BCCSA CHAIRPERSON' SPEECH

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Notice of New Code of Conduct of BCCSA for 2011

  Click to read the letter from the Chairman Click to see the Code of Conduct for 2011 

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The BCCSA as an Independent Judicial Tribunal

 

The Broadcasting Complaints Commission of South Africa ("BCCSA") was established by the National Association of Broadcasters ("NAB") in 1993. According to the BCCSA's Constitution it is a body corporate, capable of suing and being sued in its corporate name, and of performing all such acts as are necessary for or incidental to the carrying out of its objects, and for the performance of its functions and duties under its Constitution.

 

The BCCSA shall be based in Johannesburg but the Chairperson may, when he or she deems it appropriate, decide to hold a session of the Tribunal of the Commission at any place in South Africa. The BCCSA was recognized by the Independent Broadcasting Authority ("IBA", now ICASA) in 1995 in terms of section 56(2) of the IBA Act 1993. During these hearings before the IBA, the IBA emphasized that the BCCSA must be an independent judicial tribunal so that it could, without fear or favour, adjudicate complaints from the public against the broadcasters, which are members of the NAB.

 

The BCCSA has no jurisdiction as to election complaints. Such jurisdiction resides with the Complaints and Compliance Committee ("CCC") of the ICASA, The CCC also has jurisdiction to hear complaints about content against broadcasters which are not members of the NAB. Complaints other than those which relate to content of broadcasts, all fall under the jurisdiction of the CCC.

 

Although the NAB provides the funds for the BCCSA, the BCCSA is, as a body corporate, entirely independent from the NAB. The BCCSA has an enforceable ongoing contract with the NAB, according to the BCCSA Constitution, to provide the BCCSA with its reasonable expenses. If the NAB does not provide the reasonable expenses, which would include all complaint sessions of the BCCSA, the BCCSA may take the matter to an independent arbitrator who will enforce the contract. If it is found that the NAB is or has omitted to provide such reasonable expenses, it is bound in law to do so.

 

Other features of the Constitution which uphold the BCCSA's character as an independent judicial tribunal in terms of section 34 of the Constitution of the Republic, are the following:

1.    The Commissioners are appointed by an independent panel chaired by an independent person (up to now by a retired Judge of Appeal) plus other persons appointed at an AGM of the BCCSA. Although it was, initially, the thinking that half of the Commissioners would be appointed from persons nominated by the NAB, the Constitution was amended at the insistence of the IBA so that all candidates would be nominated by members of the public.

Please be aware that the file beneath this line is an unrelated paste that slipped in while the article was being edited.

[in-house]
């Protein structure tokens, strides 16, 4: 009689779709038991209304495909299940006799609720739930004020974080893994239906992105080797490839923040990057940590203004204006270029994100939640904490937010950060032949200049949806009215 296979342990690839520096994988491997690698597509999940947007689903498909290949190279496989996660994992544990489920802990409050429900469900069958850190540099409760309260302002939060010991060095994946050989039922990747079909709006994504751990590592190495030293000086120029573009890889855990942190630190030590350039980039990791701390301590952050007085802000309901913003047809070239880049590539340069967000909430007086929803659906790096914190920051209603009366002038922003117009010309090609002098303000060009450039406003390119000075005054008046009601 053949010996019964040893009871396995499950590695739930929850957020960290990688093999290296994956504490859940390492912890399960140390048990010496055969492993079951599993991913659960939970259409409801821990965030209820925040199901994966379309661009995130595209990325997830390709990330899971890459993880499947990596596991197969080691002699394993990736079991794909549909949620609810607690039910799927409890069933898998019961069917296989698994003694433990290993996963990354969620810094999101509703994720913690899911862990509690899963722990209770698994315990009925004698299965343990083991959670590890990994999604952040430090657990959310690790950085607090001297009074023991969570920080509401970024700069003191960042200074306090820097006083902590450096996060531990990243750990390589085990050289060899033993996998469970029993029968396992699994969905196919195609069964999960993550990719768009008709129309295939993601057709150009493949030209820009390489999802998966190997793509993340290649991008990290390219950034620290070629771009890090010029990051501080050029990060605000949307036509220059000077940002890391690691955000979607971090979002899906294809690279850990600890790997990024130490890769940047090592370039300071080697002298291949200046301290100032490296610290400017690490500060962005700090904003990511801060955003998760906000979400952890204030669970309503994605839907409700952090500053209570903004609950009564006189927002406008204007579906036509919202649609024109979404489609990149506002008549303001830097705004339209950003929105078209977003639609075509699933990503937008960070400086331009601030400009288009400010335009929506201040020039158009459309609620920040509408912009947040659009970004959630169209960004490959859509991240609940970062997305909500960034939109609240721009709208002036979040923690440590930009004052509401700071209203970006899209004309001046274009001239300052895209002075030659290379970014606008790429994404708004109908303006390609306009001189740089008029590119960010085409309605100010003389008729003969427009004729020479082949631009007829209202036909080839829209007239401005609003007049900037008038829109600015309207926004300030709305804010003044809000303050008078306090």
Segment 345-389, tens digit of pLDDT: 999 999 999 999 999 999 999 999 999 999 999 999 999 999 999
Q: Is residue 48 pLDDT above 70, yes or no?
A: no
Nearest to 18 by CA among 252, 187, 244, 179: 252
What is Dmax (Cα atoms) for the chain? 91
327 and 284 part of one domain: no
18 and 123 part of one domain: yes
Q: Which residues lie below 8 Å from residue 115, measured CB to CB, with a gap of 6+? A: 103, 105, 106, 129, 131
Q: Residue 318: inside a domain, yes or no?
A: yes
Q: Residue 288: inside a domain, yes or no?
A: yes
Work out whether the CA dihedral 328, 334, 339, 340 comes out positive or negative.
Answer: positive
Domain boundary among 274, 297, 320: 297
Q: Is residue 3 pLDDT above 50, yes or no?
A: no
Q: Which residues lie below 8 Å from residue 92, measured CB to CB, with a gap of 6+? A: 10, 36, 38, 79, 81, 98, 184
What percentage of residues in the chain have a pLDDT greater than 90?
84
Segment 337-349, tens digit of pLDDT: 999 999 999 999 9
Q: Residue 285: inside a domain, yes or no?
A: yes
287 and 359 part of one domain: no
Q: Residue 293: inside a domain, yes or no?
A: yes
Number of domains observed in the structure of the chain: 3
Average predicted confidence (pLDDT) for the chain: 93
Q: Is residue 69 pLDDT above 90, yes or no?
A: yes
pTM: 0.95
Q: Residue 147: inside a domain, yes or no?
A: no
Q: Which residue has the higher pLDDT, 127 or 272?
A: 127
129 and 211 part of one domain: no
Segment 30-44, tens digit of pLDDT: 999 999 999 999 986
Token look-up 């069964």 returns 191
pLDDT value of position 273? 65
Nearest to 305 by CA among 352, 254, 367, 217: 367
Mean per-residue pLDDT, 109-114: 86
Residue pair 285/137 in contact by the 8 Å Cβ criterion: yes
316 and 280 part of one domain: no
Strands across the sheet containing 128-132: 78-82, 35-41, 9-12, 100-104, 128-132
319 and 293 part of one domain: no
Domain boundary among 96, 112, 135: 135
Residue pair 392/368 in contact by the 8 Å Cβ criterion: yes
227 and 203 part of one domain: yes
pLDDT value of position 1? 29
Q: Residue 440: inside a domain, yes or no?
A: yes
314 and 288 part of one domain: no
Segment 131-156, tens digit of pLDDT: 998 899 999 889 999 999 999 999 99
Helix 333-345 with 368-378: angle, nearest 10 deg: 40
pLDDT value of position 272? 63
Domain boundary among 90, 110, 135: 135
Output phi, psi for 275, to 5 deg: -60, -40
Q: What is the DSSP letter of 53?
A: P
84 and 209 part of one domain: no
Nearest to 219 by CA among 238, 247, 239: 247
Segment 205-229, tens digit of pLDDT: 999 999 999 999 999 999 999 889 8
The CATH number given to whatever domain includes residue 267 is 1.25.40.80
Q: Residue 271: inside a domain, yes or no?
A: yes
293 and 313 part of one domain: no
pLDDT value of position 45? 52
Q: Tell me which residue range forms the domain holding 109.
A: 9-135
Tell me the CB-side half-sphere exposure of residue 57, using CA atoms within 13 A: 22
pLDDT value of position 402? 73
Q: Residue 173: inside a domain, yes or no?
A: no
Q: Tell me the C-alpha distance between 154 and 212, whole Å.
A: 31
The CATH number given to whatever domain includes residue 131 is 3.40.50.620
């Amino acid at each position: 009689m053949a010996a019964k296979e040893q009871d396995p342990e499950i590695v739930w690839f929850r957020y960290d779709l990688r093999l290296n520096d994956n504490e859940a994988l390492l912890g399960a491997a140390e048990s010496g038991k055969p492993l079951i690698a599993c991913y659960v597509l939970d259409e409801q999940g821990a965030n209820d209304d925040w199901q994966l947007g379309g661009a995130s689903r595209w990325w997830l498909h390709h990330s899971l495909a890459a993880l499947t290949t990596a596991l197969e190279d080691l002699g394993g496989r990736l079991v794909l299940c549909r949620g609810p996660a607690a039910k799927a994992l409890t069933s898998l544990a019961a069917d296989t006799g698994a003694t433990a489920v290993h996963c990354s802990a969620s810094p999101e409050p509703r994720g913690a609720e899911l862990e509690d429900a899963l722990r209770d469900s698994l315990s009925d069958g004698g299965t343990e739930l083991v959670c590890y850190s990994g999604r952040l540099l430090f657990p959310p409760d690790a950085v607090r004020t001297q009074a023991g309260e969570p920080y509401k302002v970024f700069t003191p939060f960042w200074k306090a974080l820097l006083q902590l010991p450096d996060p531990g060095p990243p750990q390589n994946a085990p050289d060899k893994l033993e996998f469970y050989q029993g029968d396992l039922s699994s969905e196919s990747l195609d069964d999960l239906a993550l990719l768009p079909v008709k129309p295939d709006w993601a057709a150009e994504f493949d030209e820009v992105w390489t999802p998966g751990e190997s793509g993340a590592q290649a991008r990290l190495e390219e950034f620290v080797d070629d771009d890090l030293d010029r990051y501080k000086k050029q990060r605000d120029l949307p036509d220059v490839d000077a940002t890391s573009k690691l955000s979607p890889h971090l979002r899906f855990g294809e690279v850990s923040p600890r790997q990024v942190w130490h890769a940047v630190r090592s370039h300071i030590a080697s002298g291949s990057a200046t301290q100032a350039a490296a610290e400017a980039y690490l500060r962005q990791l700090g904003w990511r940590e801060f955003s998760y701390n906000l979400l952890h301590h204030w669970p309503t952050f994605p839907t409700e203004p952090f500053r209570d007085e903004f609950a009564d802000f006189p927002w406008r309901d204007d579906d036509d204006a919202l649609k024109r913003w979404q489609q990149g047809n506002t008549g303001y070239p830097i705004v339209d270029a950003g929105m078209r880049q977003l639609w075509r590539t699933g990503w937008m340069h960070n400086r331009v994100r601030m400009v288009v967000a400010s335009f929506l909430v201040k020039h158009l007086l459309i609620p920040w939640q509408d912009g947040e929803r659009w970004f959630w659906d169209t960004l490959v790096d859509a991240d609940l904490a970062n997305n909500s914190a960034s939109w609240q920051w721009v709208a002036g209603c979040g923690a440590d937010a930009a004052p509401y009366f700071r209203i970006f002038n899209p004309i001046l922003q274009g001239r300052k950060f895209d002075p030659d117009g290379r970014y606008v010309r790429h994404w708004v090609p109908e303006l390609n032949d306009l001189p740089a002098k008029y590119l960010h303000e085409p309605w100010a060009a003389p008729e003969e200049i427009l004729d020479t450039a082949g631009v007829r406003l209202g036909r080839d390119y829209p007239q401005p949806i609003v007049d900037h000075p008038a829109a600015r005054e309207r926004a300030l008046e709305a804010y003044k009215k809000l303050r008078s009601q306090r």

2.    The Chair is elected at an AGM without any intervention from the appointment panel or the NAB and may be a person from outside the Commission. So as to ensure the independence of the Chair he or she is in no way answerable to the Commission in so far as the judicial work is concerned. He or she appoints each Tribunal from the Commissioners and has, in any case, the right to appoint ad hoc Commissioners where Commissioners are not available or where it is in the interests of representivity.

3.    The BCCSA is not, in any manner, accountable or answerable to the NAB.

4.    Only the BCCSA may, at an AGM or SGM, amend its Constitution and it does so independently from the NAB.

5.    Only the BCCSA may dissolve the BCCSA and the NAB has no right to do so or withdraw its funding of reasonable expenses.

6.    The BCCSA appoints its own Registrar. The Chair appoints other staff members, including  the accountant. The Chair is also in the sole control of the Office of the BCCSA.

7.    All salaries or fees are paid by the BCCSA, which has its own bank account and appoints its auditor annually.

8.    The BCCSA may impose sanctions, which include fines. It has an internal appeal procedure.

 

In sum, the BCCSA is an independent judicial tribunal which must reach its decisions on the Broadcasting Code independently and in line with the precepts of administrative justice, as required by the Constitution of the Republic and legislation that governs fair administrative justice. Although initially set up by the Broadcasting industry, it is entirely independent from that industry and it would be in conflict with its corporate independence to be called an "industry body".

 

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